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The Stages of The IoT Project Lifecycle

by Exosite, on January 31, 2018

Creating successful IoT-enabled products and services is not an impossible task; it’s just a challenging one when organizations try to do too much at once, make project commitments without asking the right questions, or do things in the wrong order. To be successful, it’s critical to understand what the entire IoT journey looks like and accurately identify where an organization is in that journey—after all, it’s only possible to know what immediate next steps to take when the final destination is clear.

Because every organization has different levels of experience, actionable market opportunities, or internal resources at their disposal, there is no step-by-step guide to completely avoid this type of dysfunction. However, Exosite has developed the IoT Project Lifecycle framework to provide project stakeholders a holistic overview of the connected-product project lifecycle that greatly increases the chances of success.  The framework breaks the process down into four stages—explore, validate, accelerate, and commercialize—and identifies key objectives and tasks that project teams should focus on in each stage. The IoT Project Lifecycle framework also helps explain how the definition of success changes over time as a project progresses through each lifecycle stage. In this blog, which is the first of several, we've provided a high-level overview of each phase. 

Stage 1: Explore

Organizations in the midst of the Explore stage are typically looking to build a case around why they should get involved with IoT, including how it may aid in new customer acquisition or uncover new revenue streams. The technical objectives are geared towards identifying gaps in technical capabilities, and the organizational objective in this stage should be to survey the current IoT landscape and identify interest and opportunities throughout the organization. The Explore stage can seem overwhelming for organizations that are new to adopt IoT, but creating a solid business case for why IoT is a value-add, understanding the technical gaps, and knowing who the key players are that will support the effort is crucial to gain traction.

Stage 2: Validate

The second stage is for organizations that are ready to validate both their business case and technical feasibility of a connected product in order to obtain buy-in from organizational stakeholders. The business case is typically validated through a variety of research activities, whereas the technical feasibility of the product concept is proven out as quickly as possible through micro-experiments and the use of low-fidelity demonstrations of connectivity. It is important for organizations in the Validate stage to test their hypothesis with a minimum amount of engineering effort so that the business case for stakeholders is strong enough to justify the IoT investment in order to proceed to the next stage.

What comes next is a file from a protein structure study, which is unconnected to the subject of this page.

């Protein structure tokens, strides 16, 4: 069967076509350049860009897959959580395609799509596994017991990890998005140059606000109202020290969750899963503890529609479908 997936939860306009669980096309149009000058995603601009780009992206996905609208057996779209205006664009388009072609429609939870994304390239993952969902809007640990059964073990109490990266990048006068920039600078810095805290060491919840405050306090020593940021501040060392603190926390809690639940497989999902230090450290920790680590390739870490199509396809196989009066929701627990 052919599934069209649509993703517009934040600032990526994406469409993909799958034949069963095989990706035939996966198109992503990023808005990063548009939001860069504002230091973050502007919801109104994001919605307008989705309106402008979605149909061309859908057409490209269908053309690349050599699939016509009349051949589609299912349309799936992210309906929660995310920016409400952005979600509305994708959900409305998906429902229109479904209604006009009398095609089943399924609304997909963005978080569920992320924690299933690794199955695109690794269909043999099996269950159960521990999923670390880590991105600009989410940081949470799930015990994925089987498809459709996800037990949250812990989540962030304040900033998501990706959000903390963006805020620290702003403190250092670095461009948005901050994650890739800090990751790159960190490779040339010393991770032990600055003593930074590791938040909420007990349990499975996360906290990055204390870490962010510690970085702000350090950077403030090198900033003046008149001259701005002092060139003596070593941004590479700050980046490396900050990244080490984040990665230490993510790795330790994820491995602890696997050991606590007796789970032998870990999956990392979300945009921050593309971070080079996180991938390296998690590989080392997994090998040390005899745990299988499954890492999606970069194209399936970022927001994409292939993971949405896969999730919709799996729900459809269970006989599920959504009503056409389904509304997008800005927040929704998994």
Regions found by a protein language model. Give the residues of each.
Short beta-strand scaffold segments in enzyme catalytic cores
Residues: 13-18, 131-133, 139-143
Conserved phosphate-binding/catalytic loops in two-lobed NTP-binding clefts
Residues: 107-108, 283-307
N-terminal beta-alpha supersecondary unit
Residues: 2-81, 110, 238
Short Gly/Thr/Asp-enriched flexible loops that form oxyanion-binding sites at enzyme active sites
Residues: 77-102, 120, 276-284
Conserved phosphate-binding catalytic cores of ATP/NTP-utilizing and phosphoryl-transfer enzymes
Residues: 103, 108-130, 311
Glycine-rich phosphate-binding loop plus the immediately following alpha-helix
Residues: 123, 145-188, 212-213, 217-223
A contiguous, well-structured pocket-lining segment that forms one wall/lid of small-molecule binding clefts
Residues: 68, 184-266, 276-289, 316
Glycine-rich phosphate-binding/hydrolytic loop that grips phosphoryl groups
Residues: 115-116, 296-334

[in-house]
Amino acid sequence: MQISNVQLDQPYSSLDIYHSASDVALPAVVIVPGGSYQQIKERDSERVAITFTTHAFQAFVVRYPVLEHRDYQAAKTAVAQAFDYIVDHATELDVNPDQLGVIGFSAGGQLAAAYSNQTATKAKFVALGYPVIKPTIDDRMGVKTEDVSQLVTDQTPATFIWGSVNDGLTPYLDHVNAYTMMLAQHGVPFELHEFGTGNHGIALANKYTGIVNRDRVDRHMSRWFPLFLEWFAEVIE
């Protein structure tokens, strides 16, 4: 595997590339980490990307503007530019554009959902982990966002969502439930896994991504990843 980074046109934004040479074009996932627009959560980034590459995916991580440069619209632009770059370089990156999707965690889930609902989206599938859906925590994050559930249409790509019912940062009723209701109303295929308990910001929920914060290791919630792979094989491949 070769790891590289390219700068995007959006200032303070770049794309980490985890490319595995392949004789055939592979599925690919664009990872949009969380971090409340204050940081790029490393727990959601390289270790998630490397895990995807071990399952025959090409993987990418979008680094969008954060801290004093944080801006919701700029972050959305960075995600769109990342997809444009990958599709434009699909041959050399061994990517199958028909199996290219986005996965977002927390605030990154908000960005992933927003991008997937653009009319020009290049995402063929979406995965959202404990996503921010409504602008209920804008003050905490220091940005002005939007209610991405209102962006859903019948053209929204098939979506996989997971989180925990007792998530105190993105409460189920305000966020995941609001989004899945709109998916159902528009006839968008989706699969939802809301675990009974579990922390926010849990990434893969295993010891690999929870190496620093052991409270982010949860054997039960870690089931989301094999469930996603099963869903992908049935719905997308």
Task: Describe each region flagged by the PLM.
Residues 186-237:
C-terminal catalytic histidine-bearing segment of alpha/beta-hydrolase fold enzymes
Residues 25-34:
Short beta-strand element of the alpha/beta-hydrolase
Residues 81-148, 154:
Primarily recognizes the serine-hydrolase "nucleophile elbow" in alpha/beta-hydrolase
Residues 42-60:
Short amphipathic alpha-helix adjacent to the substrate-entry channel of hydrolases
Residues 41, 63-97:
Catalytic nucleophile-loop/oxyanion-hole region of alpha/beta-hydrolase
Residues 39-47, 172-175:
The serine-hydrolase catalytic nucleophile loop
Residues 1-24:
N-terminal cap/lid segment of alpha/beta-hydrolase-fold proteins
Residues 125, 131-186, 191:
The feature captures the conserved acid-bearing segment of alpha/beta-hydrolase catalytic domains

Stage 3: Accelerate

Once a product idea has been validated as valuable to the market and technical unknowns have been largely addressed, organizations move into the Accelerate stage, where engineering and development teams off to the races. Organizations in this stage are focusing on the significant resources needed to support connected product development at both the project and organizational level. The technical objectives in this stage should be to align the build, buy, and partner decisions to the company's core business needs. This is the time to determine who will build it, how to accelerate time-to-market, what processes are needed to support software development, if there are any new roles that need to be added to the organization (e.g., product owner), what services or roles are best provided by a partner, etc. The organizational objective in the Accelerate stage should be to engage stakeholders responsible for the people, processes, and technology to operationalize IoT and reduce risk.

Stage 4: Commercialize 

In the final Commercialize stage, organizations should be focused on ensuring all bases are covered from a logistics and operational perspective before, during, and after the launch. This is the stage where an organization is building a production-level connected product with supporting capabilities for commercialization and subsequent iterations. The project team objective is to get the product into the market quickly and make improvements as needed, and the technical objective here is to maintain the product software over time while addressing changes in market needs. The final stage also includes all of the ongoing commitments to software iterations, enhancements, and support. It is crucial in this last stage for organizations to identify successful practices that would enable repeatable IoT development throughout the organization.

Organizations that successfully transition into the world of connected products have a holistic understanding of the IoT journey and are able to pinpoint where they are in that journey. When incorporated into an organization’s IoT strategy, the IoT Project Lifecycle can be used to identify gaps in knowledge, project plans, or business concepts that might otherwise slow project progress or cripple the project completely. As a result, stakeholders and project teams better understand IoT projects and develop a more balanced approach to IoT that is proven to increase the chances of success. To learn more about the IoT Project Lifecycle, download Exosite's Understanding the IoT Project Lifecycle white paper.

Topics:IoT Strategy

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